New Delhi: Amid
conflicting claims on which outfit plotted Wednesday's Delhi High
Court bombing, investigators, battling for conclusive leads to
crack the case, Friday arrested a man from Kishtwar in Jammu and
Kashmir who sent an email hours after the deadly explosion
claiming it to be Harkat-ul-Jehadi Islami's (HuJI) handiwork.
Meanwhile, a third email surfaced Friday claiming responsibility
for the terror attack that claimed 13 lives and injured over 90 in
the heart of the capital. The mail, attributed to the Indian
Mujahideen and sent to Delhi Police, warned of another "cruel
attack", possibly in Ahmedabad.
Home Minister P. Chidambaram said the message was written
"amateurishly" but was being taken seriously by the government.
"After the first email, another email arrived and a third arrived
today (Friday). These are not being dismissed although the third
one appears to be a very amateurish mail," Chidambaram told
reporters, elaborating that it was written with some numerical
code pointing towards the next target.
"The code reads as Ahmedabad. So the email sender is hinting that
the (next) strike will be at Ahmedabad. But since it's such a
simple code, very amateurish code, I am not sure whether it was
sent by a serious person. Nevertheless, we are taking it
seriously," the home minister said .
Sources forwarded to IANS the content of the email.
It reads: "This is to inform you that we Indian Mujahideen claim
the terror attack on (the) Delhi High Court."
The email warns that the next attack "will be so cruel that you
people won't be able to forget it for decay (decade)."
"I just want you to pass a message to the Indian government that
if you are willing to know the next attack it is
1,8,5,13,4,1,2,1,4. Till you come to know what it stands for, the
next blast will be done. If you have any question get back soon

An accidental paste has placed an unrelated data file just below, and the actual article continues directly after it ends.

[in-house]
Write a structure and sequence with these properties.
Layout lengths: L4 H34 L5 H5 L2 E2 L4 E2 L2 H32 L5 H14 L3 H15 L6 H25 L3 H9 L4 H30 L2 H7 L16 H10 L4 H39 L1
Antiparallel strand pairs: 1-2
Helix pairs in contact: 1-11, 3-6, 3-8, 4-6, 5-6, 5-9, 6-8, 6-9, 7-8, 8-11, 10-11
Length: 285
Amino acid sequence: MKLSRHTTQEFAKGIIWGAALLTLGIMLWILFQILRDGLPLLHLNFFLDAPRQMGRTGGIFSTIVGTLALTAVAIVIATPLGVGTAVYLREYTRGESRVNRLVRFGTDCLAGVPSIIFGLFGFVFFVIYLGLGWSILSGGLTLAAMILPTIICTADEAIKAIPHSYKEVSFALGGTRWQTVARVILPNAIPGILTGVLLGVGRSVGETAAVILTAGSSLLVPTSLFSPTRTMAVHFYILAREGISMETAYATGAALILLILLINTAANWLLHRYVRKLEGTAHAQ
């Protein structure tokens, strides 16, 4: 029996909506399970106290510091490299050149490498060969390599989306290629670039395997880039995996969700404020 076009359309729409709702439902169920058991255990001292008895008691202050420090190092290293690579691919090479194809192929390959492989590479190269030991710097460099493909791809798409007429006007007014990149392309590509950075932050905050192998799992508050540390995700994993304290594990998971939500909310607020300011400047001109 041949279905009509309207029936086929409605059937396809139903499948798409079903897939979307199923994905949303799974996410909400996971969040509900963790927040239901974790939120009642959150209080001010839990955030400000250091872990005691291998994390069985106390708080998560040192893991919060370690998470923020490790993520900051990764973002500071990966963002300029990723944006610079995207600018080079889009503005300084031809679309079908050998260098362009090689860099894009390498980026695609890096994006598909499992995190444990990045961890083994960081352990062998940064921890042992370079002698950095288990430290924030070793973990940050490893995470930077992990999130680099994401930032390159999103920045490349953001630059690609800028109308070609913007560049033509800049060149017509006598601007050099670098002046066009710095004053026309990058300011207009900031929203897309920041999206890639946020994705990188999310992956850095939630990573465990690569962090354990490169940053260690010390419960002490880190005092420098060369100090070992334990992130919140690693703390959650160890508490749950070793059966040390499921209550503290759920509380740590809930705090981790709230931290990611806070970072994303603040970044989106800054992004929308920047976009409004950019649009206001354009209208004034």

because we don't have time for anything."
The email sender identifies himself as Ali Saed el-Hoori and the
message was sent from an ID email@example.com, according to the
This is the third email sent in as many days since the deadly
bombing ripped through the heart of Delhi.
The earlier emails were attributed to the Pakistan-based
Harkat-ul-Jehadi Islami (HuJI) and the home grown terror group
Indian Mujahideen which owned up to the bombing.
The HuJI email was tracked to an Internet cafe in Jammu and
Kashmir's Kishtwar district. It threatened to carry out more such
attacks if the death penalty to 2001 parliament attack convict
Afzal Guru was not immediately repealed.
Chidambaram said the sender of the HuJI email has been taken into
custody for interrogation. "We would like to wait for that report
The Kashmir police identified the suspect as Mohammad Sayeed who
has admitted that he had sent the email from Global Internet Cafe
in the town.
The second email, also attributed to the Indian Mujahideen, said
the outfit had plotted the attack and warned that its cadres would
strike outside a shopping complex on Tuesday.
Meanwhile, sleuths led by the National Investigation Agency (NIA)
were pursuing scattered leads to crack the case but have not
achieved any major breakthrough.
Chidambaram said preliminary findings of the forensic examination
indicated presence of nitrate and traces of some other explosives
used in the bomb.
"These findings are being reconciled to get a clear picture of the
exact nature of the explosive used in the blast," he said, in an
indication that the investigators had not conclusively found what
explosive was used.
Chidambaram admitted that the leads followed so far were "not
conclusive". "We found there are promising leads, I can't say they
are very conclusive leads. These are being pursued round the clock
with help of other agencies, abroad too."
The home minister said the investigators were not in a position to
say if the blast was the handiwork of Pakistan-based terrorists.
"I cannot say if it's the Indian module or the module from across
the border," the minister said.